In November 1862, convinced that the black market in cotton was organized “mostly by Jews and other unprincipled traders,” Grant ordered that “no Jews are to be permitted to travel on the railroad southward [into the Department of the Tennessee] from any point,” nor were they to be granted trade licenses. When illegal trading continued, Grant issued Order No. 11 on December 17, 1862.

Subordinates enforced the order at once in the area surrounding Grant's headquarters in Holly Springs, Mississippi. Some Jewish traders had to trudge 40 miles on foot to evacuate the area. In Paducah, Kentucky, military officials gave the town's 30 Jewish families—all long-term residents, none of them speculators and at least two of them Union Army veterans—24 hours to leave.

A group of Paducah's Jewish merchants, led by Cesar Kaskel, dispatched an indignant telegram to President Lincoln, condemning Grant's order as an “enormous outrage on all laws and humanity, ... the grossest violation of the Constitution and our rights as good citizens under it.” Jewish leaders organized protest rallies in St. Louis, Louisville and Cincinnati, and telegrams reached the White House from the Jewish communities of Chicago, New York and Philadelphia.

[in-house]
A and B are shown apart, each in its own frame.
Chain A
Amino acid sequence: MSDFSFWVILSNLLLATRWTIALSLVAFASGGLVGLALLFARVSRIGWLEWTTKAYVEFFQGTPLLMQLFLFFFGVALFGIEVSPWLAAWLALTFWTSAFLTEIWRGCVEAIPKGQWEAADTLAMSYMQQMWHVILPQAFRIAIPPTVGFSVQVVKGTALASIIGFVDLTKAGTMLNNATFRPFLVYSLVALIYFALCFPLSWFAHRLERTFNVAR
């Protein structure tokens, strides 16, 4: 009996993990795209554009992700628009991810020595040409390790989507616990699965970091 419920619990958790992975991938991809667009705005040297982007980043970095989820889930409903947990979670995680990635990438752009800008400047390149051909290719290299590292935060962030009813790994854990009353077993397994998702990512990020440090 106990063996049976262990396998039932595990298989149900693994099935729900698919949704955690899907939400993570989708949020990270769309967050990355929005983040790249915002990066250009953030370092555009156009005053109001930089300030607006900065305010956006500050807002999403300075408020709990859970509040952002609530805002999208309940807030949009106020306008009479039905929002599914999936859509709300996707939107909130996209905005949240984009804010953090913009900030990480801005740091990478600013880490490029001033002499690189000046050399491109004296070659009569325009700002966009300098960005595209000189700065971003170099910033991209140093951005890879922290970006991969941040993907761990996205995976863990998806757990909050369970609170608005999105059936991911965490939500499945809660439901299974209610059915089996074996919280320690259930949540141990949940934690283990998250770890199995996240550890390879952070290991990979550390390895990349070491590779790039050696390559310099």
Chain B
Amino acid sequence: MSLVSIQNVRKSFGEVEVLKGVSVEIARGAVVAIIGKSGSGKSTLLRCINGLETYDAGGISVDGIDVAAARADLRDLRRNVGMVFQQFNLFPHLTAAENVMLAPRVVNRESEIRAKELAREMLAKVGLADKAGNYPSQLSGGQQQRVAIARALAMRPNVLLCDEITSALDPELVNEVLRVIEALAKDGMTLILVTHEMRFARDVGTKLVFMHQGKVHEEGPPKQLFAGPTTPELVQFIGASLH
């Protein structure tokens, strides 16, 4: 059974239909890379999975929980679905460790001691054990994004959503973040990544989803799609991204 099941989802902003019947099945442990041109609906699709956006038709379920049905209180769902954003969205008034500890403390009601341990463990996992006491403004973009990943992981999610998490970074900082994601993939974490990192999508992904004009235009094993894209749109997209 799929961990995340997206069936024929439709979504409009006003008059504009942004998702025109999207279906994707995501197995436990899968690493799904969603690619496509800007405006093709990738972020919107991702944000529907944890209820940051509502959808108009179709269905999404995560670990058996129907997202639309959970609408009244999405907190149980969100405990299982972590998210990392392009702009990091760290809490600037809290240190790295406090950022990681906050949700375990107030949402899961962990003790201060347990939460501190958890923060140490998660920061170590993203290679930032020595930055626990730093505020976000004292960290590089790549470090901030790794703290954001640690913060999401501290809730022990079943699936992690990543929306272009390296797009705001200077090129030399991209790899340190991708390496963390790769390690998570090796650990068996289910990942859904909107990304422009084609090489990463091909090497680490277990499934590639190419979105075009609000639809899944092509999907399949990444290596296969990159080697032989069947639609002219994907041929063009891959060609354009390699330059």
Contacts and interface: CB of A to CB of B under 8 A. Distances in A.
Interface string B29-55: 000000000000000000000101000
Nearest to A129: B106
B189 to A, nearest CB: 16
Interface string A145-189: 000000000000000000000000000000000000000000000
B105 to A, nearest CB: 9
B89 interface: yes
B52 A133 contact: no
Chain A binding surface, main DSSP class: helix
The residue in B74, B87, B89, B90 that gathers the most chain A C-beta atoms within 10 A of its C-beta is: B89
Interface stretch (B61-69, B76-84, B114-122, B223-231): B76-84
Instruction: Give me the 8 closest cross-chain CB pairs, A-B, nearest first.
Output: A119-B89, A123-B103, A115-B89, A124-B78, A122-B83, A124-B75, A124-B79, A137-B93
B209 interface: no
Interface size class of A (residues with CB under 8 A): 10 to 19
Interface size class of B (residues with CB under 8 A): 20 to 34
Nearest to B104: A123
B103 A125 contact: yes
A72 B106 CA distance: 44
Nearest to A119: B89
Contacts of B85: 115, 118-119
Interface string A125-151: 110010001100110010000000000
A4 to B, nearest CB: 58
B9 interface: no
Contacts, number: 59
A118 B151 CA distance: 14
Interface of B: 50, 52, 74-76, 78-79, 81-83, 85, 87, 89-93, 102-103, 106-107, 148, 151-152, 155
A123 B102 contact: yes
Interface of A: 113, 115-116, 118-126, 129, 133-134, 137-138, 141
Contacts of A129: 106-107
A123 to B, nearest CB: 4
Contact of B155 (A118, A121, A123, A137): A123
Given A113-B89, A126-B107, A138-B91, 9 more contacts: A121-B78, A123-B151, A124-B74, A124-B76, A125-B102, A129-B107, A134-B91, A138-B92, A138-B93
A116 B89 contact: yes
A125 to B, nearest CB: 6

Cesar Kaskel arrived in Washington on Jan. 3, 1863, two days after the Emancipation Proclamation went into effect. There he conferred with influential Jewish Republican Adolphus Solomons, then went with a Cincinnati congressman, John A. Gurley, directly to the White House. Lincoln received them promptly and studied Kaskel's copies of General Order No. 11 and the specific order expelling Kaskel from Paducah. The President told Halleck to have Grant revoke General Order No. 11, which he did in the following message:

A paper purporting to be General Orders, No. 11, issued by you December 17, has been presented here. By its terms, it expells (sic) all Jews from your department. If such an order has been issued, it will be immediately revoked.

Grant revoked the order three days later.

0n January 6, a delegation led by Rabbi Isaac M. Wise of Cincinnati, called on Lincoln to express its gratitude that the order had been rescinded. Lincoln received them cordially expressed surprise that Grant had issued such a command and stated his conviction that “to condemn a class is, to say the least, to wrong the good with the bad.” He drew no distinction between Jew and Gentile, the president said, and would allow no American to be wronged because of his religious affiliation.

After the war, Grant transcended his anti-Semitic reputation. He carried the Jewish vote in the presidential election of 1868 and named several Jews to high office. But General Order No. 11 remains a blight on the military career of the general who saved the Union.


Sources: American Jewish Historical Society and Karp, Abraham, From the Ends of the Earth: Judaic Treasures of the Library of Congress. DC: Library of Congress, 1991.